In lotteries with no obvious rules or conditions, anything goes and in this instance a betting person would look to the known prejudices of the judges for some insight into who might be the final winner. So, aside from Charles, who are they? Willie Prosser, former Chairman of Royal Fine Art Commission for Scotland and Isi Metzstein, a former professor at Edinburgh University School of Architecture are the other eminence grise, the panel being chaired by Bob Benson, a trustee of the Scottish Community Foundation (the organisation administering the competition on behalf of the anonymous donor) with Colin Liddell, a charity law specialist and Foundation trustee, completing the group. The competition also now appears to have a title: ‘the Arts Funding Prize for Edinburgh’ which some may think a bit grand given that it’s a one-off. Or at least I think it is, but you never know given the enigmatic history of the project. The result, we are reliably informed, will be announced next summer.


Seville lemon
It’s reassuring to know that Scotland hasn’t completely cornered the international market in barmy local politicians but whilst we can offer up some genuinely world class contenders we may have some way to go to compete with those on the council of Seville. Down in the south of Spain the elected heroes have managed to convey a distinctly provincial image to the world with their view that the capital of the Andalucia region needs a Zaha-designed university library to do for the city “what Frank Gehry’s Guggenheim Museum did for Bilbao.” This, they believe will provide it with “a new cultural icon and perhaps attracting a new kind of tourist” which makes you question whether they’ve ever been beyond the city boundary, given that Bilbao was previously a run-down, grubby post industrial town whilst Seville is one of the most attractive urban centres in the world and hardly in need either of a one-off iconic statement or indeed of visitors from Mars. And quite why they think Zaha’s project is the one to do it – given that she currently has nine projects on the go around Spain is anybody’s guess.

Except for Zaha that is. Burdened as she is with an uncomfortable over-provision of humility, the irrepressible Ms Hadid believes ”this is the type of ambitious project which turns a city and a university into a reference point in terms of public spaces.” Now as we all know, Zaha produces two types of projects: either they exhibit rounded jelly-mould forms of the tellytubby variety or they have the disturbingly jagged edges of a stealth bomber. The proposed library is in the latter category and in the architect’s own words is “a sculpted bar of stone with a great contrast between solidity and transparency.” Now whether she meant a bar of soap as opposed to one of stone is incidental, but you have to wonder at the fabulous audacity of the solidity and transparency bit given that Seville hosts the largest and certainly one of the finest Gothic cathedrals in Spain, a style that pretty much defined the architectural relationship between materiality and light.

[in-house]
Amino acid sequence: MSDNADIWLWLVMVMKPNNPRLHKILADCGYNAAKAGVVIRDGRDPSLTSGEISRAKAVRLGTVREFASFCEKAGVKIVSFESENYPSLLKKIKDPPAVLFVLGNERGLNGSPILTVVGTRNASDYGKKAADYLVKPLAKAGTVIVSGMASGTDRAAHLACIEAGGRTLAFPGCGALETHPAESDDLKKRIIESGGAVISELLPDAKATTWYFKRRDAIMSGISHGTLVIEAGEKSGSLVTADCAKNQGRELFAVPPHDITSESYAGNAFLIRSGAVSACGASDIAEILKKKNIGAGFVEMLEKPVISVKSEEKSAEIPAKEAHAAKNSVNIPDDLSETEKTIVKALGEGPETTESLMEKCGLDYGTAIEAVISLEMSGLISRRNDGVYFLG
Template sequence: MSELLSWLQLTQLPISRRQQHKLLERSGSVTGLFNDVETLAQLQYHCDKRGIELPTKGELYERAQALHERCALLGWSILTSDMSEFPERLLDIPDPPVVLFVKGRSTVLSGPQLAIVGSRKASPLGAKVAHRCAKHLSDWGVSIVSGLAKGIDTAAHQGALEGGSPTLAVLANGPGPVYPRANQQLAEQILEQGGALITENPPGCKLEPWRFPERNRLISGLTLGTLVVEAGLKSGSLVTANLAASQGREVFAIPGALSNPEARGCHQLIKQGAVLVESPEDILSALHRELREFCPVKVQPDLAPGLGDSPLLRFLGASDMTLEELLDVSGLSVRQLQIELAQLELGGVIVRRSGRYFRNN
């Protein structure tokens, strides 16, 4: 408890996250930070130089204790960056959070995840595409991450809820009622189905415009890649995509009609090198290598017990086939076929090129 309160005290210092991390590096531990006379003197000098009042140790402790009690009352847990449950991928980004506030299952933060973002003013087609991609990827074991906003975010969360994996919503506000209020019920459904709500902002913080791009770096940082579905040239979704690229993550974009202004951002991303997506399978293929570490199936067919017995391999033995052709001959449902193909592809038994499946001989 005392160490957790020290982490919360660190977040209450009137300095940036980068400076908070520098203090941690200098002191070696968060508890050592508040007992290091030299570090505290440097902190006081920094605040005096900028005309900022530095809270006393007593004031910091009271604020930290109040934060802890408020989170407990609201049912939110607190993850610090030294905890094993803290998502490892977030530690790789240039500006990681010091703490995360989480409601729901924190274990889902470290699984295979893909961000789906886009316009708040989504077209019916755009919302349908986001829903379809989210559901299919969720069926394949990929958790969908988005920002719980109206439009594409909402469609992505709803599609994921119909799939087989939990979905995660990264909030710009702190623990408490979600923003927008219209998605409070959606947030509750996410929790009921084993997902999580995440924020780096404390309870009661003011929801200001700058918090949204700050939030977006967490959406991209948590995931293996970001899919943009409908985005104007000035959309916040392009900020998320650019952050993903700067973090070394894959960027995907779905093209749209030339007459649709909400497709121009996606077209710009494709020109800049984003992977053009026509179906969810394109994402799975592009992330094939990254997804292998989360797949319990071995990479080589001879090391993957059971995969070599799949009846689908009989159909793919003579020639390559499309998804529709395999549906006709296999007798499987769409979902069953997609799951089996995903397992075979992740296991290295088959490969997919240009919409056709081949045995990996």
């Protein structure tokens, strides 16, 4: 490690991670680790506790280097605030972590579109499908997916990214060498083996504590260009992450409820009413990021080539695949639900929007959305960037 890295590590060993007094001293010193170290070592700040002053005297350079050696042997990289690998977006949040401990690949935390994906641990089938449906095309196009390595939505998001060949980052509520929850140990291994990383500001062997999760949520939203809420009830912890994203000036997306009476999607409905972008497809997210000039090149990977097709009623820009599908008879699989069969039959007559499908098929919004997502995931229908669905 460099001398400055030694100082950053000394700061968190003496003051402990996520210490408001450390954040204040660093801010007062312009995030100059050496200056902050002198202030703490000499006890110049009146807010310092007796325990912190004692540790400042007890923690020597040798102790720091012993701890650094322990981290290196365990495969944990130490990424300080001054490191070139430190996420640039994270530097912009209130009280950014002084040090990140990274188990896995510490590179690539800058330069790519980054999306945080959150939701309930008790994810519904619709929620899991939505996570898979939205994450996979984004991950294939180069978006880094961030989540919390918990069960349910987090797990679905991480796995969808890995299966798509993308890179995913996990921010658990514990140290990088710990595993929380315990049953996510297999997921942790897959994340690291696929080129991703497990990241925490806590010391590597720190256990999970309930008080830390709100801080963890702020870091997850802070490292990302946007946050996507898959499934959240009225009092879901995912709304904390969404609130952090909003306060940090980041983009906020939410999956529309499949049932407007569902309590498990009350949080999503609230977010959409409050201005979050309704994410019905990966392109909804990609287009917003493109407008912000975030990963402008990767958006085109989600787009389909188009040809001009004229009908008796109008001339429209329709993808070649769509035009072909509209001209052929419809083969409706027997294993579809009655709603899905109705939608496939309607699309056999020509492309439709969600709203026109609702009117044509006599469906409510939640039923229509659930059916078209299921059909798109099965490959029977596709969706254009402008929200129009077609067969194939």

Be that as it may, the locals are unimpressed by the flannel and have got the Andalusian high court to order work to be halted on the site since the project violates measures designed to protect the Prado de San Sebastian, a green area that many Sevillanos gravitate to in order to find shelter from the summer heat. And why did the high court have to do this? Because the council had taken it upon itself to change the rules so that zones within which building work was banned could become permitted areas. By this stage of course Wrap readers will have been overcome with déjà vu, the story being a tad familiar, but there could be a way forward for all parties. Can is suggest that Sevillastan be twinned with Aberdonistan, and that Zaha be brought in on Sir Ian Wood’s proposed plans for the latter city’s Dorky Park?


And finally….
To the latest twist on the Haymarket and Caltongate sites in Edinburgh. Meeting in Seville, Unesco has passed strongly worded resolutions urging the Scottish Government and the city of Edinburgh Council to scale back the proposed plans for both projects, the latter coming in advance of any final outcome from the recent planning inquiry into Richard Murphy’s proposed hotel development. Unesco, having studied the issues involved on the latter project, has called for the creation of a ’buffer zone’ to introduce strict controls over developments just outside the perimeter of the city’s World Heritage Site area as well as a robust policy for protecting key views in the city. And to give notice of how seriously it views current transgressions, it has served notice on the UK government to produce a progress report on its recommendations by 2011.  

So far the Scottish government has responded by saying that Unesco’s recommendations will be taken into account in the final planning inquiry decision, the developer has effectively said, bugger off, and Gordon Murray of gm + ad has exploded with rage at the very idea of any (external) body interfering with the right of (external) developers to completely knacker our cities in the name of mammon. Indeed Gordon has got himself into such a froth in the AJ’s daily bulletin as to lump Unesco, Prince Charles, the City of Bath Council into a huge conspiracy against local democratic processes. The best bit of the tirade is when he cites Historic Scotland, the National Trust and the Royal Commission of Ancient and Historic Monuments as the agencies that provide us with the intellectual basis from which to appraise our own heritage, his point being, I think, that we don’t need Johnny Foreigner lecturing us on the value of our culture. Just a pity that none of the agencies he lists has ever been known to demonstrate any democratic instincts whatsoever. But then, Gordon appears to see the purpose of World Heritage Site status as an enhancer of tourism, a viewpoint the City of Edinburgh Council has certainly taken in the past, not having bothered to read the bit of the Unesco citation that conferred responsibility upon it for the future protection of the capital’s Old and New Towns. Time, lads to read the small print of the contract.